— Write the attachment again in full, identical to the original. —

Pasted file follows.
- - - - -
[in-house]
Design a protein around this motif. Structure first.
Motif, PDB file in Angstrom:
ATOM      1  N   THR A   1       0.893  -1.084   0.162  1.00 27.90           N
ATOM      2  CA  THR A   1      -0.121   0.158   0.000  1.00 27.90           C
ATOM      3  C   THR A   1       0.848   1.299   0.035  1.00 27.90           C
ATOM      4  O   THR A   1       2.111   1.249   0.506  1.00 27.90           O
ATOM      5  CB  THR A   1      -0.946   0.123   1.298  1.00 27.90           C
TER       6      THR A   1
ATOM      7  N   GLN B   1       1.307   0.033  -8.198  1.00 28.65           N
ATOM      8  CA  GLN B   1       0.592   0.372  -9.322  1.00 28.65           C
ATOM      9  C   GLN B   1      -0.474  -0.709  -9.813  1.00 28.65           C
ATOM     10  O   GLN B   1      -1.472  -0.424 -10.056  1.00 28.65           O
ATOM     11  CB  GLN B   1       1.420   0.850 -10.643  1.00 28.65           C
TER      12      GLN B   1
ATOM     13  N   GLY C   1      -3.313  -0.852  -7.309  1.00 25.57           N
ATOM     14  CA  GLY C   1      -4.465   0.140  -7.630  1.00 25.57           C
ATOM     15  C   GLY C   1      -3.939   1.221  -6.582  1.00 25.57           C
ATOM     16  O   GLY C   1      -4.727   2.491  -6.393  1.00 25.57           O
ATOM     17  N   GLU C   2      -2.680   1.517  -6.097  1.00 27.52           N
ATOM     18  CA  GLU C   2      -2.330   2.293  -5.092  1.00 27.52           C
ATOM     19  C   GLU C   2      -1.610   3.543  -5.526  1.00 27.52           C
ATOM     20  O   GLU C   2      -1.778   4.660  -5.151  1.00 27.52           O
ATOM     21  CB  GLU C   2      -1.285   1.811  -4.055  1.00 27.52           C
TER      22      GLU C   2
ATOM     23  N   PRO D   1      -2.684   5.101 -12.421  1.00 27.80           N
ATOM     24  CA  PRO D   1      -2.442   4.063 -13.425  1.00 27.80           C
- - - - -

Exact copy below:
[in-house]
Design a protein around this motif. Structure first.
Motif, PDB file in Angstrom:
ATOM      1  N   THR A   1       0.893  -1.084   0.162  1.00 27.90           N
ATOM      2  CA  THR A   1      -0.121   0.158   0.000  1.00 27.90           C
ATOM      3  C   THR A   1       0.848   1.299   0.035  1.00 27.90           C
ATOM      4  O   THR A   1       2.111   1.249   0.506  1.00 27.90           O
ATOM      5  CB  THR A   1      -0.946   0.123   1.298  1.00 27.90           C
TER       6      THR A   1
ATOM      7  N   GLN B   1       1.307   0.033  -8.198  1.00 28.65           N
ATOM      8  CA  GLN B   1       0.592   0.372  -9.322  1.00 28.65           C
ATOM      9  C   GLN B   1      -0.474  -0.709  -9.813  1.00 28.65           C
ATOM     10  O   GLN B   1      -1.472  -0.424 -10.056  1.00 28.65           O
ATOM     11  CB  GLN B   1       1.420   0.850 -10.643  1.00 28.65           C
TER      12      GLN B   1
ATOM     13  N   GLY C   1      -3.313  -0.852  -7.309  1.00 25.57           N
ATOM     14  CA  GLY C   1      -4.465   0.140  -7.630  1.00 25.57           C
ATOM     15  C   GLY C   1      -3.939   1.221  -6.582  1.00 25.57           C
ATOM     16  O   GLY C   1      -4.727   2.491  -6.393  1.00 25.57           O
ATOM     17  N   GLU C   2      -2.680   1.517  -6.097  1.00 27.52           N
ATOM     18  CA  GLU C   2      -2.330   2.293  -5.092  1.00 27.52           C
ATOM     19  C   GLU C   2      -1.610   3.543  -5.526  1.00 27.52           C
ATOM     20  O   GLU C   2      -1.778   4.660  -5.151  1.00 27.52           O
ATOM     21  CB  GLU C   2      -1.285   1.811  -4.055  1.00 27.52           C
TER      22      GLU C   2
ATOM     23  N   PRO D   1      -2.684   5.101 -12.421  1.00 27.80           N
ATOM     24  CA  PRO D   1      -2.442   4.063 -13.425  1.00 27.80           C